Academic journal article Harvard Law Review

Constitutional Law - State Action - Ninth Circuit Rejects Due Process Limit on Credit Card Fees

Academic journal article Harvard Law Review

Constitutional Law - State Action - Ninth Circuit Rejects Due Process Limit on Credit Card Fees

Article excerpt

In recent decades, the Supreme Court has held that excessive punitive damage awards in tort suits violate the Due Process Clause. (1) Consumer advocates have invoked the Court's punitive damages decisions to challenge contractual credit card penalty fees as similarly violative of due process. (2) Recently, in In re Late Fee and Over-Limit Fee Litigation, (3) the Ninth Circuit rejected such a claim as unsupported by precedent, but a majority of the panel encouraged the Supreme Court to extend the tort cases' reasoning to contract cases involving credit card agreements. (4) The state action requirement, however, poses a principal difficulty to this extension. Revitalizing the public function theory of state action, (5) despite its current dormancy, would be one means of protecting consumers in an age in which many traditional contract law protections have been supplanted by boilerplate terms, narrowed by courts, or abrogated by positive law. Public function theory, while absent from both the briefing and opinions, is the only theory of state action that captures an important feature of why punitive credit card fees are objectionable: they entail card issuers exercising state-like power over consumers.

Provisions allowing card issuers to impose penalty fees, including fees for late payments or over-limit use, are included in the contracts necessary for obtaining credit cards. (6) Although recent federal legislation has resulted in limits on the amount of some credit card fees, (7) fees still constitute more than one-third of issuers' annual revenue. (8) A slightly late payment or slightly over-limit use imposes only de minimis marginal costs on issuers, (9) and card issuers recoup any costs through raising cardholders' interest rates. (10) As a result, the fees are best understood not as compensatory, but rather as either driven by profit motives or as "purely punitive." (11) Such fees are forbidden under the common law of contracts, (12) which has traditionally been particularly suspicious of late fees on the grounds that they are often punitive rather than compensatory. (13) Credit card penalty fees have been permitted, however, by positive law abrogating the common law of contracts. (14)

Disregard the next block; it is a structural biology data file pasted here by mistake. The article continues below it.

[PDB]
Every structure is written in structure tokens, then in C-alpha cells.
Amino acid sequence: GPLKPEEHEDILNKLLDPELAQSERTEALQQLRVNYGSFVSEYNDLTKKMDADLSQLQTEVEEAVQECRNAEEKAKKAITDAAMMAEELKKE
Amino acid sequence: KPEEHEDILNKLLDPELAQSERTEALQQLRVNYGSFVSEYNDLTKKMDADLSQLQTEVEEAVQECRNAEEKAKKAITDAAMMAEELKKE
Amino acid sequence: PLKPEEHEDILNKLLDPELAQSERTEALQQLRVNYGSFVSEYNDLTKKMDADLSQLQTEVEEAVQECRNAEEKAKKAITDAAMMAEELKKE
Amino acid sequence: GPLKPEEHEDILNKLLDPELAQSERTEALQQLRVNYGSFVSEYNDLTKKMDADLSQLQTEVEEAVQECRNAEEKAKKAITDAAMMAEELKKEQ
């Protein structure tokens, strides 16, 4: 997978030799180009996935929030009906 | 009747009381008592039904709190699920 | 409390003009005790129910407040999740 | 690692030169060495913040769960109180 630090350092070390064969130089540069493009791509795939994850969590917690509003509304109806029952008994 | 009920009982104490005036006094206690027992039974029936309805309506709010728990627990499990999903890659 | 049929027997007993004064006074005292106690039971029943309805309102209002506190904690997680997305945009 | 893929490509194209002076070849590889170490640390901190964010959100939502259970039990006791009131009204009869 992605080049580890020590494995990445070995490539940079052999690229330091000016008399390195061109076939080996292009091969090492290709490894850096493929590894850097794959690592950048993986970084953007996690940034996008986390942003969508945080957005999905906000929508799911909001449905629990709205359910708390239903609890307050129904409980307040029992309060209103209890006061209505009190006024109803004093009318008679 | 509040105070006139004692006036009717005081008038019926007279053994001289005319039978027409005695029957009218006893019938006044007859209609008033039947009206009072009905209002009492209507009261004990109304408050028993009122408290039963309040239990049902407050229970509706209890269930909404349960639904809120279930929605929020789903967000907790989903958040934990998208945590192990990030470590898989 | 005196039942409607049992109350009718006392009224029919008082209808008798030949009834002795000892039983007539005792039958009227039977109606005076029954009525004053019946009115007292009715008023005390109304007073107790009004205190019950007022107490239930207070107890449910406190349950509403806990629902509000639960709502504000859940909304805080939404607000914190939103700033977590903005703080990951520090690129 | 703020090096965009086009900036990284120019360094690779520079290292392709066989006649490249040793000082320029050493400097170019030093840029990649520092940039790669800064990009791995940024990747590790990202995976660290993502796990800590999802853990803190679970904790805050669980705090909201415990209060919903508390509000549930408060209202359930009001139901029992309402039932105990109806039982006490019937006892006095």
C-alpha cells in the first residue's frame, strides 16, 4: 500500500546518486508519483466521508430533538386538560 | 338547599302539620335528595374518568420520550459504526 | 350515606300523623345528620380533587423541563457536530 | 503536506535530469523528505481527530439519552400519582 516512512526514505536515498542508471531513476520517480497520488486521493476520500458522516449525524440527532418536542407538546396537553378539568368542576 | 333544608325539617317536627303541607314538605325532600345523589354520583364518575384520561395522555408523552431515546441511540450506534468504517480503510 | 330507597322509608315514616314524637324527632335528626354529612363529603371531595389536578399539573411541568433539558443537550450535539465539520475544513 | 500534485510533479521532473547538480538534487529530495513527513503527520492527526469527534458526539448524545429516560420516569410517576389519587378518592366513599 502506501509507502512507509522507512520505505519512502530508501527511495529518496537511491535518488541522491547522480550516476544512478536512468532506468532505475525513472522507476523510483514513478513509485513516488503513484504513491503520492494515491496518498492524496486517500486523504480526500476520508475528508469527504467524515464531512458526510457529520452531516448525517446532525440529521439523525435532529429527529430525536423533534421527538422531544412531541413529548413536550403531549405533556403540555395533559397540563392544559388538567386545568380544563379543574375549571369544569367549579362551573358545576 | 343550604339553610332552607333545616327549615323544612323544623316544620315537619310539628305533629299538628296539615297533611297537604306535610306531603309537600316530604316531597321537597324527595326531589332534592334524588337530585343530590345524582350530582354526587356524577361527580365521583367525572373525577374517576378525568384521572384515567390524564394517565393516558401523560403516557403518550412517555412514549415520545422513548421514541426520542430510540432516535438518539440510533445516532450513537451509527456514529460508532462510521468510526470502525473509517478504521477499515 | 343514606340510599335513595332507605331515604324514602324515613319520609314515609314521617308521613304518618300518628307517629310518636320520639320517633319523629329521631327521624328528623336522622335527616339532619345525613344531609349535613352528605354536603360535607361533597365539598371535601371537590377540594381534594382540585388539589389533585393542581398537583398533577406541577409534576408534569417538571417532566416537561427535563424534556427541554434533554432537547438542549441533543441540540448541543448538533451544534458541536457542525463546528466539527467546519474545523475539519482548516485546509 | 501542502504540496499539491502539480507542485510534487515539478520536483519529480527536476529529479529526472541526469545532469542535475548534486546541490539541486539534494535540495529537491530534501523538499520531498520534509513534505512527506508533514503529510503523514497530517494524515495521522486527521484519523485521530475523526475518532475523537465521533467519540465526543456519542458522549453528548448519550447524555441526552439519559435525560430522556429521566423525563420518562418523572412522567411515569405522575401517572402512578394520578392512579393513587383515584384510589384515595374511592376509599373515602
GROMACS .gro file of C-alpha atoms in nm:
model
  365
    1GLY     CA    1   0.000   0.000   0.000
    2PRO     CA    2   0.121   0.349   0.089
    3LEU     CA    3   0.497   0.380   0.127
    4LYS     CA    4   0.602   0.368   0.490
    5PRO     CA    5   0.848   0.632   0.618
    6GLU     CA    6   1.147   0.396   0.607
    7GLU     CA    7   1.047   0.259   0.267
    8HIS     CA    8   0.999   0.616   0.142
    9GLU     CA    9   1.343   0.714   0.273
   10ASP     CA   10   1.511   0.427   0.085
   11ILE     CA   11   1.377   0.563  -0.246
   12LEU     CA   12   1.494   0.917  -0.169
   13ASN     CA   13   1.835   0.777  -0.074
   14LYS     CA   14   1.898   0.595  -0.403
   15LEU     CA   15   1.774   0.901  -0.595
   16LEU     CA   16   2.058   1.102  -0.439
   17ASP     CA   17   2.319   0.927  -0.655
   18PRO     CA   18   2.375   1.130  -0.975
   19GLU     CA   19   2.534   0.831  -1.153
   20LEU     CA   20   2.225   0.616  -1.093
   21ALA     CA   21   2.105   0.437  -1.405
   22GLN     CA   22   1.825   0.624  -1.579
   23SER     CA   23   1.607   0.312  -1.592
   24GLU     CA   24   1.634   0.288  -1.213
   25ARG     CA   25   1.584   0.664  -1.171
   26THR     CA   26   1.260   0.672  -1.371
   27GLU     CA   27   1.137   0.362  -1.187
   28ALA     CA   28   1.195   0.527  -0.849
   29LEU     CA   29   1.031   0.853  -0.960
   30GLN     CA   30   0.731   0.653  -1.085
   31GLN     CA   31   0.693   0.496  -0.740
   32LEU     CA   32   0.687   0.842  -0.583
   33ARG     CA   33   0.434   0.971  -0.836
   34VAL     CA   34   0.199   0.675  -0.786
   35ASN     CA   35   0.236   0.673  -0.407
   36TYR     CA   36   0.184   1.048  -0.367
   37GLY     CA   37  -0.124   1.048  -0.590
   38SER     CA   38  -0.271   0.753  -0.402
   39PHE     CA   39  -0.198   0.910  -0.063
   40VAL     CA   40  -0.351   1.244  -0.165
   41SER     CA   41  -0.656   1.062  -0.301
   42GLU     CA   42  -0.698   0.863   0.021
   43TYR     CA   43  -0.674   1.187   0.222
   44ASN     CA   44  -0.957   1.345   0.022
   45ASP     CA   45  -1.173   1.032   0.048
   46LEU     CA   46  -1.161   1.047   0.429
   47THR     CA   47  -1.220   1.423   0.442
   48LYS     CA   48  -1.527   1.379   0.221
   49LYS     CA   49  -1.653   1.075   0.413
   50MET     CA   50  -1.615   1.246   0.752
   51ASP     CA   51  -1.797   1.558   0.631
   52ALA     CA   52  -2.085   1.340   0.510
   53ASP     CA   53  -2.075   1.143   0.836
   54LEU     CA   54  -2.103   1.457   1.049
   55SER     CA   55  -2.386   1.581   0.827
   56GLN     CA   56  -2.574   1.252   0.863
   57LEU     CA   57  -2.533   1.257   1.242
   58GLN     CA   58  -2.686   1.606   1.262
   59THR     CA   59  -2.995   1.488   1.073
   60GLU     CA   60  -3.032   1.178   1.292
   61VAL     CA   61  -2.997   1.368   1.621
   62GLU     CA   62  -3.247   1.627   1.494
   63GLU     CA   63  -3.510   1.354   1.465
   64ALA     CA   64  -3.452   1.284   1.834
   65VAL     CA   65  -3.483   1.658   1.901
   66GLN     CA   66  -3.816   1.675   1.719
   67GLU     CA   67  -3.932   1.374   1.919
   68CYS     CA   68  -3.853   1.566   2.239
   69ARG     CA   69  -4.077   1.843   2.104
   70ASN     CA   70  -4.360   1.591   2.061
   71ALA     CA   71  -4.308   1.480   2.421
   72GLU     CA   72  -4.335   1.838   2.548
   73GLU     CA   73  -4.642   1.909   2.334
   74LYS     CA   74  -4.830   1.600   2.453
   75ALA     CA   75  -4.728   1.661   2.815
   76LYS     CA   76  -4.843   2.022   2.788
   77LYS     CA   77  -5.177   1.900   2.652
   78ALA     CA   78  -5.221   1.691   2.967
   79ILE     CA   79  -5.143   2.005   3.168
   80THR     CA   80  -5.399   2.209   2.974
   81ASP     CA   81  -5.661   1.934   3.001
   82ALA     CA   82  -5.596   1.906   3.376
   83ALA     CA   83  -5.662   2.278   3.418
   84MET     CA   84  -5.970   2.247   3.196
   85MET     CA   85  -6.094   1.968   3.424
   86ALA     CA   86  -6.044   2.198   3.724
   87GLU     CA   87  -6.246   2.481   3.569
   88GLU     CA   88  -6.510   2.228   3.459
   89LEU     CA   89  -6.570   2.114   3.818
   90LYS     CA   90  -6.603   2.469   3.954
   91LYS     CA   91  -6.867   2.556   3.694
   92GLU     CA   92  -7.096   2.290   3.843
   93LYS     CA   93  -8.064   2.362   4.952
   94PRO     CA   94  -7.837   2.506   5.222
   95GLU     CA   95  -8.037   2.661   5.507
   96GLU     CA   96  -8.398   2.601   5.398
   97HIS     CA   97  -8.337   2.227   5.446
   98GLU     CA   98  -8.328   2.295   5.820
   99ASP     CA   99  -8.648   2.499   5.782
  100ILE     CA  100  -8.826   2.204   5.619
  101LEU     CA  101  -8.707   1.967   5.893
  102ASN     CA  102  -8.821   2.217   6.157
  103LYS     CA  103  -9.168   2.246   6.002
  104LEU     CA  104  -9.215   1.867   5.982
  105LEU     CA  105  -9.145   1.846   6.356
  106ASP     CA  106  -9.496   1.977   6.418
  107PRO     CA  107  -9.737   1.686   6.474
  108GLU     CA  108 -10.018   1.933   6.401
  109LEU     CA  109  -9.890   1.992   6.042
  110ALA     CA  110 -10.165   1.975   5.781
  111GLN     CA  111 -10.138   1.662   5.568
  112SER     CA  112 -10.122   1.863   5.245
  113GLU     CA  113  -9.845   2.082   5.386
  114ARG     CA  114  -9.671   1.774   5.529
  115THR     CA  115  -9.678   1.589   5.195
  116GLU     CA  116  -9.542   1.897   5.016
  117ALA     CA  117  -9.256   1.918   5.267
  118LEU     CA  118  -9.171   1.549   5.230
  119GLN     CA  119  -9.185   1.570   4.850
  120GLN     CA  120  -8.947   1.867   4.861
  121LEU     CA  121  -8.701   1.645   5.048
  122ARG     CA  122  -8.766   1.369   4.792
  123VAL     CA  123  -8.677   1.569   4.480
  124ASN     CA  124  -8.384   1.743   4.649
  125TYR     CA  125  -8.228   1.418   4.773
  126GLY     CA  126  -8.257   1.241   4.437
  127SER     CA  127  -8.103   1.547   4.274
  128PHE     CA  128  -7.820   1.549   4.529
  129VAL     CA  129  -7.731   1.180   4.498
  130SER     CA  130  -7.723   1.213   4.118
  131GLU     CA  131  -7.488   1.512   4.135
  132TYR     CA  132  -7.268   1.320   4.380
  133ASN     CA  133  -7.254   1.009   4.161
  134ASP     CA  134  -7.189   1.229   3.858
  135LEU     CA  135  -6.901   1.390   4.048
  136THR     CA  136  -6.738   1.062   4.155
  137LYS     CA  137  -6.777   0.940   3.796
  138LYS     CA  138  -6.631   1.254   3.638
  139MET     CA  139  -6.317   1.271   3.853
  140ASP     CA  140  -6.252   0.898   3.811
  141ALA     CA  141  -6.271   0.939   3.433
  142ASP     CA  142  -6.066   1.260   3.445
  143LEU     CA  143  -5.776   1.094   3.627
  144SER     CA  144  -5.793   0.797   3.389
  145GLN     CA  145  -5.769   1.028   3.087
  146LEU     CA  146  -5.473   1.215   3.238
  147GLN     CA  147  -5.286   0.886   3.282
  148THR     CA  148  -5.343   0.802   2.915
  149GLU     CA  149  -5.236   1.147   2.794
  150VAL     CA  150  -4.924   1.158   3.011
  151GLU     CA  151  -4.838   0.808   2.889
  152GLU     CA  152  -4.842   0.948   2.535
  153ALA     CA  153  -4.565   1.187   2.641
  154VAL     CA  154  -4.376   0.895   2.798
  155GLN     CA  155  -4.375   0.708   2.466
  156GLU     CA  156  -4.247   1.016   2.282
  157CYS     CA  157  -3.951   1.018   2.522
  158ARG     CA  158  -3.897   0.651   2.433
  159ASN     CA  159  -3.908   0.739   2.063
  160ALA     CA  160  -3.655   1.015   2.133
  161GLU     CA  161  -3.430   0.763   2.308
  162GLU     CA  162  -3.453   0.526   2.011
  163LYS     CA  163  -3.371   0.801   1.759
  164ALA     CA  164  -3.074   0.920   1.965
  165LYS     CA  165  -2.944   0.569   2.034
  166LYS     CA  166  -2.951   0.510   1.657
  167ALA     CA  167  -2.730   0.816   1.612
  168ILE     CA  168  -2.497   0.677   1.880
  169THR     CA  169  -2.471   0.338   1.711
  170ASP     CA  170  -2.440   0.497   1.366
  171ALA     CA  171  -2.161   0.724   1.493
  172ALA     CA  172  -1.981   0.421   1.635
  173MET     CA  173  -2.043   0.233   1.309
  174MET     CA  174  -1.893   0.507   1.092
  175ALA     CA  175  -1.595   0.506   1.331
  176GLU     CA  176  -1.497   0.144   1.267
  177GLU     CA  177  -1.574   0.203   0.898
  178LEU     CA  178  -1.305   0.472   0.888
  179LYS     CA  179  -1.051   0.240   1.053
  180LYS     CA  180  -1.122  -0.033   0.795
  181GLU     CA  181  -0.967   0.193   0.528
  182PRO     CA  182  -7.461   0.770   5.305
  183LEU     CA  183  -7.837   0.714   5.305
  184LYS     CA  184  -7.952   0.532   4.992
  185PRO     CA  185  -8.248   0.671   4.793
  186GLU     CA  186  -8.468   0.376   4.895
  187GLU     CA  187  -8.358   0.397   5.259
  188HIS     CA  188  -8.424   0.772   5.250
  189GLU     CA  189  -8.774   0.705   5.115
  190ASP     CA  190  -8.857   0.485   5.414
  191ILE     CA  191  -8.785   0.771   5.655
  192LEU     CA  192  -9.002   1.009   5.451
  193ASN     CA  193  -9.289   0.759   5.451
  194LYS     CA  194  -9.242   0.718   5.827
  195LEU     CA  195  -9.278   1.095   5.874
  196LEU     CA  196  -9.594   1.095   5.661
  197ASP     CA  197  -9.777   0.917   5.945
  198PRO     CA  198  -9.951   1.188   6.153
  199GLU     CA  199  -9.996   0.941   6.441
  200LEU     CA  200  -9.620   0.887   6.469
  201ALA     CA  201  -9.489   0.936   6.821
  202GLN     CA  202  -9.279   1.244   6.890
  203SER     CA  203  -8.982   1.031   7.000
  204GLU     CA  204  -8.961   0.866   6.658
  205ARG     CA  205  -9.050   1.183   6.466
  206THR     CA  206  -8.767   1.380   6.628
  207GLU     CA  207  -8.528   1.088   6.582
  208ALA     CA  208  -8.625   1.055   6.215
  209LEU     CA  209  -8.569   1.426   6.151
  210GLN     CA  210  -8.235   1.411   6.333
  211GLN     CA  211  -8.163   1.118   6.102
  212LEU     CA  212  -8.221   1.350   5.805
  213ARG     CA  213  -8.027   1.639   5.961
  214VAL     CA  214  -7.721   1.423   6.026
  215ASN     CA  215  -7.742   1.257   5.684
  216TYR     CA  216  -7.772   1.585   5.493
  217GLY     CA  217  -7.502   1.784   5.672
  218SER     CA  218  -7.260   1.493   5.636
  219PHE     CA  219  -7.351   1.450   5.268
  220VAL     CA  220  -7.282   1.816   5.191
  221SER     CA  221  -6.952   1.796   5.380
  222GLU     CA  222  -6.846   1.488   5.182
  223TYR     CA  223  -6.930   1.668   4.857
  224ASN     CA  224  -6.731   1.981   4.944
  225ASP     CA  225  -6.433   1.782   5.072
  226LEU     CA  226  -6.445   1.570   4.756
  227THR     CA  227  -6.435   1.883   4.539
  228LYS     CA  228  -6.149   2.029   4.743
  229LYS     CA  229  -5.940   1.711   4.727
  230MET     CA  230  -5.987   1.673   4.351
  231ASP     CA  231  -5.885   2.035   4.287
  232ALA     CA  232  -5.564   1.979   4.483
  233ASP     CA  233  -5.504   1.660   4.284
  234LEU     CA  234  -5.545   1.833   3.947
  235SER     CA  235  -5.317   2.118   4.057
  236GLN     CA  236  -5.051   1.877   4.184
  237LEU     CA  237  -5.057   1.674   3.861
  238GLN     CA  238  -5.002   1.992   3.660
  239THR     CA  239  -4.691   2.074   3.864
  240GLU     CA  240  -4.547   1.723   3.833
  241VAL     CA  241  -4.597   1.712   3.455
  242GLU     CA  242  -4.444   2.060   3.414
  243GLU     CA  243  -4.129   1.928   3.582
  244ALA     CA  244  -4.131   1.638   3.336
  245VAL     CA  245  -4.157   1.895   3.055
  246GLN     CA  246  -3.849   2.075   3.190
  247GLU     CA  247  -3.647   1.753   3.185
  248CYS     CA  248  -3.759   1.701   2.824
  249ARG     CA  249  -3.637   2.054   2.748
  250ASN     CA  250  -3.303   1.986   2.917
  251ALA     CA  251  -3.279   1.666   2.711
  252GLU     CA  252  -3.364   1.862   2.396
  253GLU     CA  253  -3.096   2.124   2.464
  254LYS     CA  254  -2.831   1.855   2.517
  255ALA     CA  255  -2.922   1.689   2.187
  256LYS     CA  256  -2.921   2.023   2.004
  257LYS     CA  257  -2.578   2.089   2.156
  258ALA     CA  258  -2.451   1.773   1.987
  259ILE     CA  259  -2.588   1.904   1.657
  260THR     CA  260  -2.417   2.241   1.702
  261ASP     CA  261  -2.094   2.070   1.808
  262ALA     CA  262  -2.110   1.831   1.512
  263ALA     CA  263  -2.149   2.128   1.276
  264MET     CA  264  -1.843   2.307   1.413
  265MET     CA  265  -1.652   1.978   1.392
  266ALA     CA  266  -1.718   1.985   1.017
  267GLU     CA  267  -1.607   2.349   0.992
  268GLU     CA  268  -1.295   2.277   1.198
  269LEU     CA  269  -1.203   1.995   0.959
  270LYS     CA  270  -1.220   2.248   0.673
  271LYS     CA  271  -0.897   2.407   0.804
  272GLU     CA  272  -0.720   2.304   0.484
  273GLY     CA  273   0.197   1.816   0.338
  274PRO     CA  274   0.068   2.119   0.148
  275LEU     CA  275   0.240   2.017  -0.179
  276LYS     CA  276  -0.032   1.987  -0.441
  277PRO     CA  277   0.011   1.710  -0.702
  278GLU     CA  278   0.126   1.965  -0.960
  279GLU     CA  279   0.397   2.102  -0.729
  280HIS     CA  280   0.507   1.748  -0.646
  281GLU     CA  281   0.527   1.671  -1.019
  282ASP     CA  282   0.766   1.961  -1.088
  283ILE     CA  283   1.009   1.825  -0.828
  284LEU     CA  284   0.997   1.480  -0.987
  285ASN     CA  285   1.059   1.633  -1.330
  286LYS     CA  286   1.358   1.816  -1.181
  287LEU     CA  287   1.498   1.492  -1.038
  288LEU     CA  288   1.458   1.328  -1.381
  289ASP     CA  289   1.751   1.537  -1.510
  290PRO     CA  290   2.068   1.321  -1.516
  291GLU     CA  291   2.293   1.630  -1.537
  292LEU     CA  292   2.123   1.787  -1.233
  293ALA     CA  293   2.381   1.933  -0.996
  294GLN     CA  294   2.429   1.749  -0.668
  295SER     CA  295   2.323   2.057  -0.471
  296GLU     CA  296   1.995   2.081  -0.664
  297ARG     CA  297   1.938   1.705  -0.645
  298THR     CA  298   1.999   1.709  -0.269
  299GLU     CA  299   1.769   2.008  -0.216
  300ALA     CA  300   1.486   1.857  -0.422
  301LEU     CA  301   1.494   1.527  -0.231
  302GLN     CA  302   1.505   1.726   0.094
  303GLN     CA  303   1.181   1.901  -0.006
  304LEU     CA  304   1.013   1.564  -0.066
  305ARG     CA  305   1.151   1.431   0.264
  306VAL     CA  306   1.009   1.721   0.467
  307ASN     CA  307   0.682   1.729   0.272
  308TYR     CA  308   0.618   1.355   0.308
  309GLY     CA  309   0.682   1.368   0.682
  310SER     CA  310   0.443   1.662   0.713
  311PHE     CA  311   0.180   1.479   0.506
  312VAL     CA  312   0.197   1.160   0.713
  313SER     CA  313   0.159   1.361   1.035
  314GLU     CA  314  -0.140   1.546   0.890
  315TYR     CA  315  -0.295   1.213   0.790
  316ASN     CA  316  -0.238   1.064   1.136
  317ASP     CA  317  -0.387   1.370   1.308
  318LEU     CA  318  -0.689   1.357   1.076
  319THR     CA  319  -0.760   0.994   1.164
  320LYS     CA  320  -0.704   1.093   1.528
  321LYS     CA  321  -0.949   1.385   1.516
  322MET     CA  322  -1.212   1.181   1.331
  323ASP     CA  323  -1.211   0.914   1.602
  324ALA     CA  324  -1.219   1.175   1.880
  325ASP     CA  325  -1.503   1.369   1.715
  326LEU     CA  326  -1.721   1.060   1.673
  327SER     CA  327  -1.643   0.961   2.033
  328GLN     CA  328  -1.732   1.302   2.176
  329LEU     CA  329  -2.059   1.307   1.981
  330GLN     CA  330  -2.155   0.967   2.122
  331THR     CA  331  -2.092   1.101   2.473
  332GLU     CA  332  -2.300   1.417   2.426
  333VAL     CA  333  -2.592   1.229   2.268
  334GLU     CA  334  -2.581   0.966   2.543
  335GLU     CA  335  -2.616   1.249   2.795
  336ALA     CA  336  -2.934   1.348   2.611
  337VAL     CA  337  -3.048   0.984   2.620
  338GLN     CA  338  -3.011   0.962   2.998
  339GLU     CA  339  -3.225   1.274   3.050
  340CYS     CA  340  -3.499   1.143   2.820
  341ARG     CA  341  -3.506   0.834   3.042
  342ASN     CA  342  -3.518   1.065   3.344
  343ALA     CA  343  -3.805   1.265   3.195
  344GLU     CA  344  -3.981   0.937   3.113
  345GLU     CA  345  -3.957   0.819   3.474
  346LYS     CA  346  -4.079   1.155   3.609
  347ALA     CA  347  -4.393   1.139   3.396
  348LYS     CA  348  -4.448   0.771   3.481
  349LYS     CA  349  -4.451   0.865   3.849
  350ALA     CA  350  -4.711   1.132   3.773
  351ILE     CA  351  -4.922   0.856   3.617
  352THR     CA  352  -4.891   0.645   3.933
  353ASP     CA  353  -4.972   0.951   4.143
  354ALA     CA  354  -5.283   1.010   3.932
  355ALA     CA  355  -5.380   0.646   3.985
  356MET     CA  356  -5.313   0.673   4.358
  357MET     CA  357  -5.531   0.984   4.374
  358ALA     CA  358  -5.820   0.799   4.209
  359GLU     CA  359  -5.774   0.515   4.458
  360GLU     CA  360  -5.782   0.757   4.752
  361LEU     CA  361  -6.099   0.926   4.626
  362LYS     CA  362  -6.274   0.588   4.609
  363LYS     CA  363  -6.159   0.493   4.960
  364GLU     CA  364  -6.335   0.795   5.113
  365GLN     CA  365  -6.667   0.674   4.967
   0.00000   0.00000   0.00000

In January 2007, cardholders sued card issuers in the Northern District of California, alleging, inter alia, that contractual penalty fees violate due process limits on punitive damages. (15) In an opinion by Judge Armstrong, the district court dismissed the complaint, (16) rejecting all of the plaintiffs' claims, including their attempt to apply the Due Process Clause to credit card penalty fees. (17) It reasoned that credit card fees are not subject to the Due Process Clause because they are merely "paid by one party to another pursuant to private contract," (18) do not advance "governmental objectives," (19) and do not impose the risks, present in the jury awards context, of "arbitrariness, uncertainty, and lack of notice." (20) Additionally, it found that credit card fees--"even if [they] could be regarded as some kind of private 'punitive damages'"--do not implicate state action and therefore do not violate the Due Process Clause. (21) The Court distinguished fees set by government mandate from those resulting from private contract, and rejected the plaintiffs' argument that contractual penalty fees are state action when affirmatively permitted by a federal regulatory framework. (22)

The Ninth Circuit affirmed. (23) Writing for the panel, Judge Nelson (24) noted that the "similarities and differences between liquidated [compensatory] damages and punitive damages ... govern the outcome of this case," (25) and enumerated the various features of punitive damages, in particular their goals of retribution and deterrence. (26) Yet she decided the case not based on these features, but rather based on the fees' origin: because they originate from private contracts, she concluded, they are distinct from jury-imposed punitive damages and, consequently, the Due Process Clause does not apply. …

Search by... Author
Show... All Results Primary Sources Peer-reviewed

Oops!

An unknown error has occurred. Please click the button below to reload the page. If the problem persists, please try again in a little while.